Report: Patriots’ Gronkowski has broken forearm

FOXBOROUGH, Mass. — The New England Patriots lost tight end Rob Gronkowski with an arm injury late in Sunday’s 59-24 victory over the Indianapolis Colts, a game in which he caught two touchdown passes.

According to a report on Comcast SportsNet New England, Gronkowski has a broken forearm.

“He left the game with an arm injury,” Patriots spokesman Stacey James said about 2½ hours after the game. “There was no update to that.”

Gronkowski, 23, had seven catches for 137 yards on Sunday, including touchdowns of 4 and 24 yards in the game. He was reportedly injured while blocking for an extra point on New England’s eighth touchdown.

The happy-go-lucky Gronkowski had 10 touchdown catches as a rookie and then set an NFL record for tight ends with 17 touchdowns last year, when he caught 90 passes for 1,327 yards. But he sprained his left ankle in the AFC title game and was a nonfactor in the Super Bowl, which New England lost 21-17 to the New York Giants.

The Patriots had been without Aaron Hernandez, their other first-string tight end, for the last three games — and a total of six this season — after he sprained his right ankle in Week 2. He has just 17 catches for 143 yards and two touchdowns in four games.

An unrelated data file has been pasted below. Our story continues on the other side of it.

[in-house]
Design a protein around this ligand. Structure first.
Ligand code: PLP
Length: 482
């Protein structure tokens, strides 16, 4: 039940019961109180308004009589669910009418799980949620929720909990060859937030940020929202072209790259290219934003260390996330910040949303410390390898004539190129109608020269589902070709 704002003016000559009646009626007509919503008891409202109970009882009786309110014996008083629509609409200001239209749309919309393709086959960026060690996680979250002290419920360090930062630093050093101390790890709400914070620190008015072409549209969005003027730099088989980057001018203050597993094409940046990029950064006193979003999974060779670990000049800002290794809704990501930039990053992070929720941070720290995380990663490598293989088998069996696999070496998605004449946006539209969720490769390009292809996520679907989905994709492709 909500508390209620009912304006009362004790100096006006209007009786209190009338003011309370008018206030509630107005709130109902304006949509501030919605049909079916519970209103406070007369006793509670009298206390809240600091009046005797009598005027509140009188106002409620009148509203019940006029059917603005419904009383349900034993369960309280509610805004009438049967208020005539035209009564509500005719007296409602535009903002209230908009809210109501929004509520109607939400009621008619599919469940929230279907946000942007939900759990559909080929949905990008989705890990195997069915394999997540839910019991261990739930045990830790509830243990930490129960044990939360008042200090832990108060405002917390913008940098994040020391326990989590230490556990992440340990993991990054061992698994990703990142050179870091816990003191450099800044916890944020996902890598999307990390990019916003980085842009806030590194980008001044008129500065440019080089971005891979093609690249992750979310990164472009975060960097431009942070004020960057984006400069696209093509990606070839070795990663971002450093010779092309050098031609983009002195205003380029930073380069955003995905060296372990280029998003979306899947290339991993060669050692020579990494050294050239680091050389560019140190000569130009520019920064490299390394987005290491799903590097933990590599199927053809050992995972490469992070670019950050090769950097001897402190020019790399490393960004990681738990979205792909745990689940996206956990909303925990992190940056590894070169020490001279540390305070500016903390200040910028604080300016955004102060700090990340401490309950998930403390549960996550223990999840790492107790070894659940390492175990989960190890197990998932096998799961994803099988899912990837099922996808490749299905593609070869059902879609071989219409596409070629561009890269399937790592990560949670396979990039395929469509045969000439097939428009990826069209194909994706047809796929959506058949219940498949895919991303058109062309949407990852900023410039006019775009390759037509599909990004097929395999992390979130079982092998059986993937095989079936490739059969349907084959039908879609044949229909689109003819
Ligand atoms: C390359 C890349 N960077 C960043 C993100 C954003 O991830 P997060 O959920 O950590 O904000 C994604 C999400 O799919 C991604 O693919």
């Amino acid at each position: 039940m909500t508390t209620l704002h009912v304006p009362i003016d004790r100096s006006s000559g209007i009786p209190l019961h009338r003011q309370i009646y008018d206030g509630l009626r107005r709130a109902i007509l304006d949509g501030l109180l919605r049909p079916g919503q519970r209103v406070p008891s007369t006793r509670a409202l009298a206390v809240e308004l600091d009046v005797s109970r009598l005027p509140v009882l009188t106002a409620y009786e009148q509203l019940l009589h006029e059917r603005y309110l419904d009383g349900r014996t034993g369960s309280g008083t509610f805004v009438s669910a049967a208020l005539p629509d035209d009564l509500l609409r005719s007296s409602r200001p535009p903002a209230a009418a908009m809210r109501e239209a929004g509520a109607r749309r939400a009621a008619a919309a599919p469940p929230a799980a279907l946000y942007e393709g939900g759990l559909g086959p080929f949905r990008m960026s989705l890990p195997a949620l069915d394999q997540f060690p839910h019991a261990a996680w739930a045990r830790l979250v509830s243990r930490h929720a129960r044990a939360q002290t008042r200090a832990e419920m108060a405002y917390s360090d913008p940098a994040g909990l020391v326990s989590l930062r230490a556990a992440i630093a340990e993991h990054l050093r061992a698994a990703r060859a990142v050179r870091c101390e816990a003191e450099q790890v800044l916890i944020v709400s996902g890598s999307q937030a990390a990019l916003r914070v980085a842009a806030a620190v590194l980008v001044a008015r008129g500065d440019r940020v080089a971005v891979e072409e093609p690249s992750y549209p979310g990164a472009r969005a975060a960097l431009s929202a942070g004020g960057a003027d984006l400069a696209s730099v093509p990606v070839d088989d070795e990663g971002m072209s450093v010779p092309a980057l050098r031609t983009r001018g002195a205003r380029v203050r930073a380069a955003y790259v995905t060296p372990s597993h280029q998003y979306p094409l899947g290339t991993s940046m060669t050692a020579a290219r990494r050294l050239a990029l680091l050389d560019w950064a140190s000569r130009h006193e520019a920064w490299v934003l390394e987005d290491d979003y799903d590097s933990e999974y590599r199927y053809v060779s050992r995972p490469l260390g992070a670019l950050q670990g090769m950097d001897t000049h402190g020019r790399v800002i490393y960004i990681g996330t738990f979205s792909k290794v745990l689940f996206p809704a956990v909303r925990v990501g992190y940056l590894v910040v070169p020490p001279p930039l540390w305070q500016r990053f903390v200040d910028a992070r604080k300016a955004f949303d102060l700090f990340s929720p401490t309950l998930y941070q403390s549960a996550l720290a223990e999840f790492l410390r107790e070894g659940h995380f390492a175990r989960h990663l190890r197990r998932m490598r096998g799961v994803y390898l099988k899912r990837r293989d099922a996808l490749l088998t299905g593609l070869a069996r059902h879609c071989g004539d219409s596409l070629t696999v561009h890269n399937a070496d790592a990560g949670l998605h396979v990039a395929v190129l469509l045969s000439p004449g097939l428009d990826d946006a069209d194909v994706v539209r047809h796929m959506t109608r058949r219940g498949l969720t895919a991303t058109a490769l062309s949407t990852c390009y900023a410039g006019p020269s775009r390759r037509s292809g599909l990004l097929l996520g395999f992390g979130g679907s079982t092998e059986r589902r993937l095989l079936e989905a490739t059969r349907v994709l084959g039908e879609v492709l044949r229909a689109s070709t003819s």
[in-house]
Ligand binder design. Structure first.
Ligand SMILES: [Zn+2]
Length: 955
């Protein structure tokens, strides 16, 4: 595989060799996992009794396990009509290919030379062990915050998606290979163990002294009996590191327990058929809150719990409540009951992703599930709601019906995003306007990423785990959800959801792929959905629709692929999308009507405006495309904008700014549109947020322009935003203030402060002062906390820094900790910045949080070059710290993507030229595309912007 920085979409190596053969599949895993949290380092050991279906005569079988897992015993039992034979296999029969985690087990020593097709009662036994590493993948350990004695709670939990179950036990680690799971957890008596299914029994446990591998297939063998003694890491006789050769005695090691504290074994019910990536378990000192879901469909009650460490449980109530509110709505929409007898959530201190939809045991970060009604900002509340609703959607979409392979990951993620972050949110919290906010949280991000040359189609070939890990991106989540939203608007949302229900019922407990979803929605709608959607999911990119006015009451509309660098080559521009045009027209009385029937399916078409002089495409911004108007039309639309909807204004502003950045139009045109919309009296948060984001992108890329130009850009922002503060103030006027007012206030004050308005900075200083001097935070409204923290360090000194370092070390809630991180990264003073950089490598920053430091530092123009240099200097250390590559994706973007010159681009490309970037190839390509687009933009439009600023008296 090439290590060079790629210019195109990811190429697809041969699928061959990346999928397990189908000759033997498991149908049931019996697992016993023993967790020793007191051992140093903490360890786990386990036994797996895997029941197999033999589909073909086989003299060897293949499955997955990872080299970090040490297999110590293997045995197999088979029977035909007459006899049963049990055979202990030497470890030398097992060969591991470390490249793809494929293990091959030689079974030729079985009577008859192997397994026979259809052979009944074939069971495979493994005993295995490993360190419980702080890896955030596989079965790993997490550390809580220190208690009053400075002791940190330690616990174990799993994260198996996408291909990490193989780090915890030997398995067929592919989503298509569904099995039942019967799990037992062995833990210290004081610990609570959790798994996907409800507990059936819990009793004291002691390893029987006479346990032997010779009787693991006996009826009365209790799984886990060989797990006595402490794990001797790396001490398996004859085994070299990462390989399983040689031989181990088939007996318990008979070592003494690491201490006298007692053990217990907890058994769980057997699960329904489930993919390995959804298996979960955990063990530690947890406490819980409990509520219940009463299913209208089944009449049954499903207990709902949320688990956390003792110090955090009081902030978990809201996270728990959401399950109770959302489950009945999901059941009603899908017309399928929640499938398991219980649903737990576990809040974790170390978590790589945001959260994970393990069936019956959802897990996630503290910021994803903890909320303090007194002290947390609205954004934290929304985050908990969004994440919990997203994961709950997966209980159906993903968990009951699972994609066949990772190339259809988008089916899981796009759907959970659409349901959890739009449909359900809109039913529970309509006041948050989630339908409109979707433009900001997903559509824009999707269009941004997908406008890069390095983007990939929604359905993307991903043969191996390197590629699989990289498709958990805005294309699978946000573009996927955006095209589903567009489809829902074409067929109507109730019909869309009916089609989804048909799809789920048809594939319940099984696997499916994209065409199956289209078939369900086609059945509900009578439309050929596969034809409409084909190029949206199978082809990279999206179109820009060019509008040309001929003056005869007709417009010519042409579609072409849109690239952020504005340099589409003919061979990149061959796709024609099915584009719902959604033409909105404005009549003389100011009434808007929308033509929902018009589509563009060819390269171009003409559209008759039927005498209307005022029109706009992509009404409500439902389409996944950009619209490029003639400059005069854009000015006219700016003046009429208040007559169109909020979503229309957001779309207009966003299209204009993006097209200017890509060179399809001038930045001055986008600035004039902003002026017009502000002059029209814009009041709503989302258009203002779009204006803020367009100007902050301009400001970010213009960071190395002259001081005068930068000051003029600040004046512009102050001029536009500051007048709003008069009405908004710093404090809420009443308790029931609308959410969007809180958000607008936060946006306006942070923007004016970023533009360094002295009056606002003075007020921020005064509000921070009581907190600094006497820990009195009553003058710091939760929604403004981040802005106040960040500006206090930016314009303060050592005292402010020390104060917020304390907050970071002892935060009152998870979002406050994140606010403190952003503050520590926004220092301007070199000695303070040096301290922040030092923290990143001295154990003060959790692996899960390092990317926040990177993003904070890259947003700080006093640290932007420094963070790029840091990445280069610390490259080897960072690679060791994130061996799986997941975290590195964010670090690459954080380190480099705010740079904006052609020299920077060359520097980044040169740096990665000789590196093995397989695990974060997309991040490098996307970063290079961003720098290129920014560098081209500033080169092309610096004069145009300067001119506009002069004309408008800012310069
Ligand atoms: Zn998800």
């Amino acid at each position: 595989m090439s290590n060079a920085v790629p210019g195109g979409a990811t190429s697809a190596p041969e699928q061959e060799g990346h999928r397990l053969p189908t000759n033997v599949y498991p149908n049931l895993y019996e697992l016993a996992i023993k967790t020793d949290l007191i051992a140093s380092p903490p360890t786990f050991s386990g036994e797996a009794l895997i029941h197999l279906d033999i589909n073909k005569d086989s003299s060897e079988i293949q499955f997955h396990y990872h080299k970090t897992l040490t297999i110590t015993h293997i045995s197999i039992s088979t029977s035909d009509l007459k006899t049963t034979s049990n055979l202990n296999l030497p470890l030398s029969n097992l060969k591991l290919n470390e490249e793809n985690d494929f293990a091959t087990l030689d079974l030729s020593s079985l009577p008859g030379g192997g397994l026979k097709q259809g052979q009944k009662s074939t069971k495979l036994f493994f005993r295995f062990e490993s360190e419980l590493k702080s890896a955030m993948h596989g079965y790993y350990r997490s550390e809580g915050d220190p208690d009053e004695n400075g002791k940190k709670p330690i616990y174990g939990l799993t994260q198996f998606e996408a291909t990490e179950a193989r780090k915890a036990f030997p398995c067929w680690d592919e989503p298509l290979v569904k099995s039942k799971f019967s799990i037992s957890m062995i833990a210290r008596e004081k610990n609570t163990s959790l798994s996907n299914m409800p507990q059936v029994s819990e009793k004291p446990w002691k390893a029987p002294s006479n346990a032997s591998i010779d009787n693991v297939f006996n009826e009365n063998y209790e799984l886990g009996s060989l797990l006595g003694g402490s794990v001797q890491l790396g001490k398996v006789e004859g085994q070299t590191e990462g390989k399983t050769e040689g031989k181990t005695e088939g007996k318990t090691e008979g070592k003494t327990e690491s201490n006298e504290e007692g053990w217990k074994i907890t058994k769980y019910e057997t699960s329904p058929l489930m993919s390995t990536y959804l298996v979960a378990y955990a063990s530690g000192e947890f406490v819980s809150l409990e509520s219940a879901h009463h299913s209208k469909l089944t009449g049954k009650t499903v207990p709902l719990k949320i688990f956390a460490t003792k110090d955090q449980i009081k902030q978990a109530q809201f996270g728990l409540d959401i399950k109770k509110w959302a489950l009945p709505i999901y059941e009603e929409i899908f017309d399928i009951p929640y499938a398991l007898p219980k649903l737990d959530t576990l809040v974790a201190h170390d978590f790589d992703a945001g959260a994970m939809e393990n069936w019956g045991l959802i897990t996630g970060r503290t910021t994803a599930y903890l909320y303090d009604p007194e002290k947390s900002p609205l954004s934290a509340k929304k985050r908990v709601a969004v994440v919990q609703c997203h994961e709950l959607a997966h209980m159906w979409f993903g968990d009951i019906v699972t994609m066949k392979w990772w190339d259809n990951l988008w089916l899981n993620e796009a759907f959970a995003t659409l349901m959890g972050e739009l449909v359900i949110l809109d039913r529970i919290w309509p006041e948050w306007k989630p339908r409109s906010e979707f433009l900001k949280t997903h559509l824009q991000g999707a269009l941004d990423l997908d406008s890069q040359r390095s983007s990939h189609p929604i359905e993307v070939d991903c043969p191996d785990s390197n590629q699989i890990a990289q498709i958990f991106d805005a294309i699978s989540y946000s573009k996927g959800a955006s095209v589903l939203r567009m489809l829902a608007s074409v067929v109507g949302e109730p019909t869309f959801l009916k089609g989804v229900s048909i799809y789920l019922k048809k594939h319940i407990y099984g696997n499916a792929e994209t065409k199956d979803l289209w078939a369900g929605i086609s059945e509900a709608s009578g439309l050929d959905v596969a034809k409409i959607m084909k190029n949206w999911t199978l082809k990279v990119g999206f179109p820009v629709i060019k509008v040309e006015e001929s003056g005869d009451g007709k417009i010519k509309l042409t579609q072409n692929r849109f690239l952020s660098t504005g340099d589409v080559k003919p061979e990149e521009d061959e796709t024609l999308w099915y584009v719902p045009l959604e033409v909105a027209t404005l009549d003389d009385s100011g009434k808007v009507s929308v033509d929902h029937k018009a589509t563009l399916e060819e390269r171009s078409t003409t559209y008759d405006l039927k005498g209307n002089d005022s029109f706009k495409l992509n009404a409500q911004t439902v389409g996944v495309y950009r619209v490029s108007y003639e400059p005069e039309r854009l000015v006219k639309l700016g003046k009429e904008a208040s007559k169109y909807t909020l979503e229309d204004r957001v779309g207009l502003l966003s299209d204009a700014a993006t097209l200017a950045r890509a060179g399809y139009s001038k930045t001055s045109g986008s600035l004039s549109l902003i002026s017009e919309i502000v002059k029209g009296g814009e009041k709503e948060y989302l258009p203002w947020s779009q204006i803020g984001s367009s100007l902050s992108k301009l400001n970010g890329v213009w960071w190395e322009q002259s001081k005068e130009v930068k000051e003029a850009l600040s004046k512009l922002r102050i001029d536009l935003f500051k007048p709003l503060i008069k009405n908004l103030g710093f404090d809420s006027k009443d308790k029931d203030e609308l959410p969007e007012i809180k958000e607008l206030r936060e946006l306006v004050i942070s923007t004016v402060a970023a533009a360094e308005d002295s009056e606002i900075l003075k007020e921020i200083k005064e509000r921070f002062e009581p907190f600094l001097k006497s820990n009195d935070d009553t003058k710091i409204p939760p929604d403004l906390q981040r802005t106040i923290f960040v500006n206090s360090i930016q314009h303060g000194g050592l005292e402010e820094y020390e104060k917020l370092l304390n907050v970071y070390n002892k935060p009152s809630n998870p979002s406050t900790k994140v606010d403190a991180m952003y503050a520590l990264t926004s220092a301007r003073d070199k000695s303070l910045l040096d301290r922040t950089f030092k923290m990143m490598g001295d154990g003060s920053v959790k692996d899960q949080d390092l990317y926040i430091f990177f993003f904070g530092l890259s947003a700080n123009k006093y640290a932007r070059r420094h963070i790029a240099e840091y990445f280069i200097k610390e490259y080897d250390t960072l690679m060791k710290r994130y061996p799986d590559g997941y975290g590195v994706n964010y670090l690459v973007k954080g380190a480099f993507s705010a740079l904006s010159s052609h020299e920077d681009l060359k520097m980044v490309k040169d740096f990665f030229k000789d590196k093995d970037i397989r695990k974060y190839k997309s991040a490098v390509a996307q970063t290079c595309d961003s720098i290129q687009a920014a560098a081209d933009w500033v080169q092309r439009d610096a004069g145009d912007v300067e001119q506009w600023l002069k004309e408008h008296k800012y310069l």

Hernandez went from being listed as “out” in the injury report to “questionable” after the Nov. 4 bye week and remained that way for each of the last three games. He had limited participation in practice in each of the last three weeks; the team has not given a timetable for his return.

The Patriots next play on Thanksgiving night against the New York Jets.

The Patriots made no announcement about Gronkowski’s injury when he headed for the locker room with about 4 minutes left in Sunday’s game. Several hours after the game, James said he had no information; inquiries to the NFL media relations department were referred back to the Patriots, who then said Gronkowski had an arm injury.

According to the NFL’s media policy, “Team personnel are responsible for reporting in-game injury information factually and accurately as soon as possible for the benefit of the network television audience and the other media covering our games.”

“Clubs must ensure that all medical information issued to the media is credible, responsible, and specific in terms that are meaningful to teams, media, and fans,” says the policy, which goes on to remind teams that “the injury reporting policy relates directly to the integrity of the game.”

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